Background Haemorrhagic varicella is a serious complication of a relatively benign disorder and usually occurs in immunocompromised persons and those on immunosuppressive therapy. We report a case of Haemorrhagic Chicken Pox in a 4 year old boy who had previously been immunised with chicken pox vaccine.
Case presentation A previously fit and well 4-year-old boy of Chinese origin presented with poor oral intake after having a 3 day history of a spreading vesicular rash. The rash had initially started on his mouth and proceeded to spread to his face, body and limbs. On examination, the worse affected areas were his mouth and genitals. On day 3 of this illness, the vesicles burst and started bleeding. He diagnosed as haemorrhagic varicella on examination and was started on intravenous Aciclovir, flucloxacillin and ceftriaxone and chloramphenicol eye drops (due to a secondary conjunctivitis). He was noted to have various necrotic areas throughout his body and required regular opioid analgesia to manage his pain and discomfort. His condition gradually improved and he was discharged home after 2 weeks. He had previously been given the Varicella vaccine as a baby whilst in America, and had not had chicken pox prior to this. Immunoglobulins done during his admission were normal and VZV IgG antibodies were also detected via PCR.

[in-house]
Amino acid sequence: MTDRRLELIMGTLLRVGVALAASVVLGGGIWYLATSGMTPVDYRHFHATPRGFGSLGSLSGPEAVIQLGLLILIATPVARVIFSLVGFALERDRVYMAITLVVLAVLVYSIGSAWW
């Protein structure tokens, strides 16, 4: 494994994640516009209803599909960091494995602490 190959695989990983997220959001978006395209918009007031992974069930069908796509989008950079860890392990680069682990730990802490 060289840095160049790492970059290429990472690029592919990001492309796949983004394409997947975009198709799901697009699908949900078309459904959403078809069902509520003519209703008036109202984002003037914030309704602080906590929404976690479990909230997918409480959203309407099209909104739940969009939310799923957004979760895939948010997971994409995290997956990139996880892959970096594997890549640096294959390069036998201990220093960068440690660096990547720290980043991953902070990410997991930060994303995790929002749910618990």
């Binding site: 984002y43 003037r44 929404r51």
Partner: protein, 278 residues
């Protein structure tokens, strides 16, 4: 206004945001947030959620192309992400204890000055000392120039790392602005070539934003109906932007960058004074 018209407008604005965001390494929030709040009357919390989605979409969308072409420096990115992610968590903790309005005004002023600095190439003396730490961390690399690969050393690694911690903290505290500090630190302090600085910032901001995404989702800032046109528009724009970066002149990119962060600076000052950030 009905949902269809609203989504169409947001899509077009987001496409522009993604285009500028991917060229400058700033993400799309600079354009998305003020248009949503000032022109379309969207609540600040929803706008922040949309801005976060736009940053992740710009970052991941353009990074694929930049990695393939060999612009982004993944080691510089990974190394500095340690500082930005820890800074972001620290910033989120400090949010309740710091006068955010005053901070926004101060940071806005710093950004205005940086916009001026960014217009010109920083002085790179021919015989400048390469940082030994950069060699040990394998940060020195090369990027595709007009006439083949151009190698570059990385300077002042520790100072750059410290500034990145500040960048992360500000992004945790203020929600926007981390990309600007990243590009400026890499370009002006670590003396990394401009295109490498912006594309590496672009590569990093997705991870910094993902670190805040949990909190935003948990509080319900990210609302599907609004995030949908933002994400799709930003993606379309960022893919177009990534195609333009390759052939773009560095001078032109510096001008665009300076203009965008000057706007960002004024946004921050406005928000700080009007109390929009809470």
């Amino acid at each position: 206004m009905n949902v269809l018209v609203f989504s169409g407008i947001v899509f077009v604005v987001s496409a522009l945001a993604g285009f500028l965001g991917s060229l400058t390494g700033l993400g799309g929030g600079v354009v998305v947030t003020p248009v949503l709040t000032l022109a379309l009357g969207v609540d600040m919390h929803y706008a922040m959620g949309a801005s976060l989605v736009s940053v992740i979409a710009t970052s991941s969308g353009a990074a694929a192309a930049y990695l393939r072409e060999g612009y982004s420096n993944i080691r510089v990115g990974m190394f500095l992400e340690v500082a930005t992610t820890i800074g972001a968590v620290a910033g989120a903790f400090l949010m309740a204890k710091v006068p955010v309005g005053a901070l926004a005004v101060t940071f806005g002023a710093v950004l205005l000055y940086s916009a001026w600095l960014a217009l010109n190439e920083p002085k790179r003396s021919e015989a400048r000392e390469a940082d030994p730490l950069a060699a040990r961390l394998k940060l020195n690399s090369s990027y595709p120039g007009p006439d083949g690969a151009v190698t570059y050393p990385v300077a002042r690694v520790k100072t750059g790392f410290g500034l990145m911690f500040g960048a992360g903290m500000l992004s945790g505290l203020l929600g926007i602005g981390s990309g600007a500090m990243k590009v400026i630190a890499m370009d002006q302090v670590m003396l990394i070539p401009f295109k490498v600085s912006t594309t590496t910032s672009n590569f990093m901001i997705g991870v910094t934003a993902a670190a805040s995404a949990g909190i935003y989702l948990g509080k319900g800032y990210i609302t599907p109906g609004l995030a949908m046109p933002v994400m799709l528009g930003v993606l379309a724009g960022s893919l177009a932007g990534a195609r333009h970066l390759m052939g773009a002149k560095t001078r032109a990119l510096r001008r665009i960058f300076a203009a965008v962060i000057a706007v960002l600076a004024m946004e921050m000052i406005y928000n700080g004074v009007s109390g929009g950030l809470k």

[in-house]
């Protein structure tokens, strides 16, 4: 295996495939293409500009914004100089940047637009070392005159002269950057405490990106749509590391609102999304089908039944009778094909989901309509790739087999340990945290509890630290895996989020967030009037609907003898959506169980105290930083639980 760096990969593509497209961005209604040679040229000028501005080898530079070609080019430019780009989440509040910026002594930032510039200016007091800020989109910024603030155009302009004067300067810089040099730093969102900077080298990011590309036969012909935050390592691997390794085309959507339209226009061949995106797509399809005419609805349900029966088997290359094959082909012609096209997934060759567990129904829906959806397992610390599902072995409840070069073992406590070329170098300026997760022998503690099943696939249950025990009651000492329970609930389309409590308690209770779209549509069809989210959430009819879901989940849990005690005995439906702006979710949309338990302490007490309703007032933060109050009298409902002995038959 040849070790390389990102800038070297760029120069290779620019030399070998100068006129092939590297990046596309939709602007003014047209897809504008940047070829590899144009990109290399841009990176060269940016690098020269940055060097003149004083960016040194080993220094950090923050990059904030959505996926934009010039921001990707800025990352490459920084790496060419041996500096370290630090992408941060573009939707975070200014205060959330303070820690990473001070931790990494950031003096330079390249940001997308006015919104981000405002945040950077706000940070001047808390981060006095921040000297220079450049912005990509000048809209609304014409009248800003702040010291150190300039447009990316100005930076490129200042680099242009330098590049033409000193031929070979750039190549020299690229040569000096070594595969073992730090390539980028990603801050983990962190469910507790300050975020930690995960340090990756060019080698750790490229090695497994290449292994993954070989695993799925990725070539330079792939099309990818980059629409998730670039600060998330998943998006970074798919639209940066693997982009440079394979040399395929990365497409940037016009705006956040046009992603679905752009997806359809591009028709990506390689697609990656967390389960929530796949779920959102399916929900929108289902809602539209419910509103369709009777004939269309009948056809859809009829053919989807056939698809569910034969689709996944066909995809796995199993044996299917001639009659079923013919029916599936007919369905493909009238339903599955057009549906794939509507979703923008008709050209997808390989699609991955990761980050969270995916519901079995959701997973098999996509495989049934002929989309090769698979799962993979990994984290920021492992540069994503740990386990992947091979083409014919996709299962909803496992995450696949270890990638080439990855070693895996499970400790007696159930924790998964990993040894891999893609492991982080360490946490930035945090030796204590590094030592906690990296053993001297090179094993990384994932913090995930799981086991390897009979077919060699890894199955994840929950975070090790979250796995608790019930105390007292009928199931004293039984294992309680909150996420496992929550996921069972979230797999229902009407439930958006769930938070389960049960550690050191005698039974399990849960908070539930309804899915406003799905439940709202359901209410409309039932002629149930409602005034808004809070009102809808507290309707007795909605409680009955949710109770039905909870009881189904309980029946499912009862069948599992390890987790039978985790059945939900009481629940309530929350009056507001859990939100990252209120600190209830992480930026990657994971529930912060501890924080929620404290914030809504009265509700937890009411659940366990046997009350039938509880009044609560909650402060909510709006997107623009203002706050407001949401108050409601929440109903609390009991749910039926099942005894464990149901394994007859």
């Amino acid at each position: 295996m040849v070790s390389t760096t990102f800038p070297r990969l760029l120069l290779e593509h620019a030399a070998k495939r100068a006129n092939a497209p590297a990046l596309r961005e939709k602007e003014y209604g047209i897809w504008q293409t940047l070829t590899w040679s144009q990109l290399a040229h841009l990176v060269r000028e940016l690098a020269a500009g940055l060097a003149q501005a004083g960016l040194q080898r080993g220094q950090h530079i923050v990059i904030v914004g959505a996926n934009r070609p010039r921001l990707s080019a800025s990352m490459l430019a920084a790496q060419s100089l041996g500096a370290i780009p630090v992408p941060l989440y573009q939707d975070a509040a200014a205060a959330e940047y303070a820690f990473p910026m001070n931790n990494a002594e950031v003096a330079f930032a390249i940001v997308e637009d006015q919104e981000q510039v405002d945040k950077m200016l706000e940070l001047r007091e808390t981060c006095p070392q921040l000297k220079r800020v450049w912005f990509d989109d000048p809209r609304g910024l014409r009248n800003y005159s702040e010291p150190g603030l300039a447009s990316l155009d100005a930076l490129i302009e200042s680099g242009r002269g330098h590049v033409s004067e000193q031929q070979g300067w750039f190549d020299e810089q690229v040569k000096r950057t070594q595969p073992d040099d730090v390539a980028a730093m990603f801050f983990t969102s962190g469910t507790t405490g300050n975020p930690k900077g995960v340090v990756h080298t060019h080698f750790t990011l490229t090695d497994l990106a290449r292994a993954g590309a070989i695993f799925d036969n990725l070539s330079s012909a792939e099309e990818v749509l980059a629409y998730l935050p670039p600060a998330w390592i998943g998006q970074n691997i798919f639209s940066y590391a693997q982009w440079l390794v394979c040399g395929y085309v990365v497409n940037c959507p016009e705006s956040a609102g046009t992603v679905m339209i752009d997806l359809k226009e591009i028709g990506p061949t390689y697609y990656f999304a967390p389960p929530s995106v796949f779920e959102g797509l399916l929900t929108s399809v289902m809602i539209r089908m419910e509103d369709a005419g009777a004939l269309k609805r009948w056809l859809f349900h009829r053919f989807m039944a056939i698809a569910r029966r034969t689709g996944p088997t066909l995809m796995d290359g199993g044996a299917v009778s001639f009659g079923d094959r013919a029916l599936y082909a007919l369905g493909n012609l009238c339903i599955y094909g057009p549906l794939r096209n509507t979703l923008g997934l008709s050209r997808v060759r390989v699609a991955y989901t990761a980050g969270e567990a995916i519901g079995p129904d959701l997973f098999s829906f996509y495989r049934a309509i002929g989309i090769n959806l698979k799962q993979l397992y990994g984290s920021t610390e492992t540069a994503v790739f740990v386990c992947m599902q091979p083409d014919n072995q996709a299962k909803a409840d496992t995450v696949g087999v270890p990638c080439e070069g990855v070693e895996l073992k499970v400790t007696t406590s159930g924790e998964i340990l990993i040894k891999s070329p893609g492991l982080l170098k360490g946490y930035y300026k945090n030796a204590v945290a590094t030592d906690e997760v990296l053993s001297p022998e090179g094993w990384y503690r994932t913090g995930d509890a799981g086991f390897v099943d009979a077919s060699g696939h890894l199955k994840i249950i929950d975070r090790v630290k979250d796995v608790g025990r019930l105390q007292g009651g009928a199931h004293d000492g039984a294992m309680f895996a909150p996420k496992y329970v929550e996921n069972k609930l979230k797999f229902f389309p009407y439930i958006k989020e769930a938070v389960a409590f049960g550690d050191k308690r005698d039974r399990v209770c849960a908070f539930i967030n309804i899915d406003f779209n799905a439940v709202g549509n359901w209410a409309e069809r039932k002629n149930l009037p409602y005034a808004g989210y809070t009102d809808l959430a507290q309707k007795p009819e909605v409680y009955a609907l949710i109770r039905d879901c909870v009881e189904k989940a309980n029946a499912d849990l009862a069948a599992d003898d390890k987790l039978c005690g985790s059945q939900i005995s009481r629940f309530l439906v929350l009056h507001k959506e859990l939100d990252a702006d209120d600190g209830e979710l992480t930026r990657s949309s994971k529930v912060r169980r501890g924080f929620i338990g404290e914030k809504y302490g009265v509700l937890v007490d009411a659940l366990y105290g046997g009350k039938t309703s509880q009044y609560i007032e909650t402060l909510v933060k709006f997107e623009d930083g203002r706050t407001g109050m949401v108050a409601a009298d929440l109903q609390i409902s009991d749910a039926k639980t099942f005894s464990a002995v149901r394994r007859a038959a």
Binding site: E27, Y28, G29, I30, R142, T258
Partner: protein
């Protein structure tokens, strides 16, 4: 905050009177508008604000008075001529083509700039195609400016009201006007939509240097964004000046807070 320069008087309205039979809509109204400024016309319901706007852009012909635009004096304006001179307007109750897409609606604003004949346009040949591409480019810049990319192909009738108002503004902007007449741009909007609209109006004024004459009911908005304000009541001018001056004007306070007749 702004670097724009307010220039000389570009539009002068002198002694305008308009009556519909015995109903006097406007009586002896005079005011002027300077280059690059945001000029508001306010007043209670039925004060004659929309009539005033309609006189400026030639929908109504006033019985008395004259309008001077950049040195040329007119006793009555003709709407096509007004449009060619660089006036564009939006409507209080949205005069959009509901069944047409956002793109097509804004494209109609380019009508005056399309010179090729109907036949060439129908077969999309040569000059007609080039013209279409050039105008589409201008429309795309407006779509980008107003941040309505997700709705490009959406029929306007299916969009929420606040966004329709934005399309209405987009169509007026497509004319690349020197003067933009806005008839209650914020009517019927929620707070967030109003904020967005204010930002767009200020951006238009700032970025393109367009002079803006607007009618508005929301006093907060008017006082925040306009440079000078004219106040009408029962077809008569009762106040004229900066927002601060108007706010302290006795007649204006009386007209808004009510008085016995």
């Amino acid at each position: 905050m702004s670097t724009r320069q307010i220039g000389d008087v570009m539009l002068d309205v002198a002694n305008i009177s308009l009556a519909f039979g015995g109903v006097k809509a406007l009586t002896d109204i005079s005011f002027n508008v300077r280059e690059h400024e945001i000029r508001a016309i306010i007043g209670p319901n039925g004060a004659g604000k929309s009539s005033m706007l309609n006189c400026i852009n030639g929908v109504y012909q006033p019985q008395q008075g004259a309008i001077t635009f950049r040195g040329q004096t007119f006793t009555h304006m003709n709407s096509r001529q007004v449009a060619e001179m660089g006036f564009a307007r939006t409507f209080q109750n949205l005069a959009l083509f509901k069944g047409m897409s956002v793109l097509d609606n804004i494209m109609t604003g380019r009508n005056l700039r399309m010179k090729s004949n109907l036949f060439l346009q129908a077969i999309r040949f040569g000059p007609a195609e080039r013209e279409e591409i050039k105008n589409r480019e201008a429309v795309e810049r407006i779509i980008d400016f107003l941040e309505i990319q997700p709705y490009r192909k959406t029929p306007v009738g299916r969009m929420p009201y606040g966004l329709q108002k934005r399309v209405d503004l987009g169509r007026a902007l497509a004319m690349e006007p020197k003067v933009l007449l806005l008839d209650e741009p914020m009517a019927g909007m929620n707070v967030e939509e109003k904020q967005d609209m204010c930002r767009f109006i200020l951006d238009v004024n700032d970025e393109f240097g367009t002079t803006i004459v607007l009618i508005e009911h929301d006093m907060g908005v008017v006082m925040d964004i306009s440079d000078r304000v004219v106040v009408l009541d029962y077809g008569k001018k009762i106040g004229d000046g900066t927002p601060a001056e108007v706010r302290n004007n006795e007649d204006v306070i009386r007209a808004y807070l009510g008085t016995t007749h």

Discussion Varicella-Zoster virus (VZV) infection is characterised by the appearance of a generalised vesicular rash. The vaccine for VZV has been available since 1974, and has been shown to be very effective in the prevention of the disease and its severe complications.
The prevalence of severe complications of Varicella in the UK is 0.86/100000. Haemorrhagic varicella is a condition that more commonly affects immunocompromised patients, although there have been reports of it affecting seemingly well children. This case highlights an extreme response of varicella in a well child who had previously been immunised to VZV. Prompt diagnosis and treatment with aciclovir leads to complete recovery.
Learning points Haemorrhagic varicella is a serious complication of chicken pox and needs prompt diagnosis and treatment with aciclovir.
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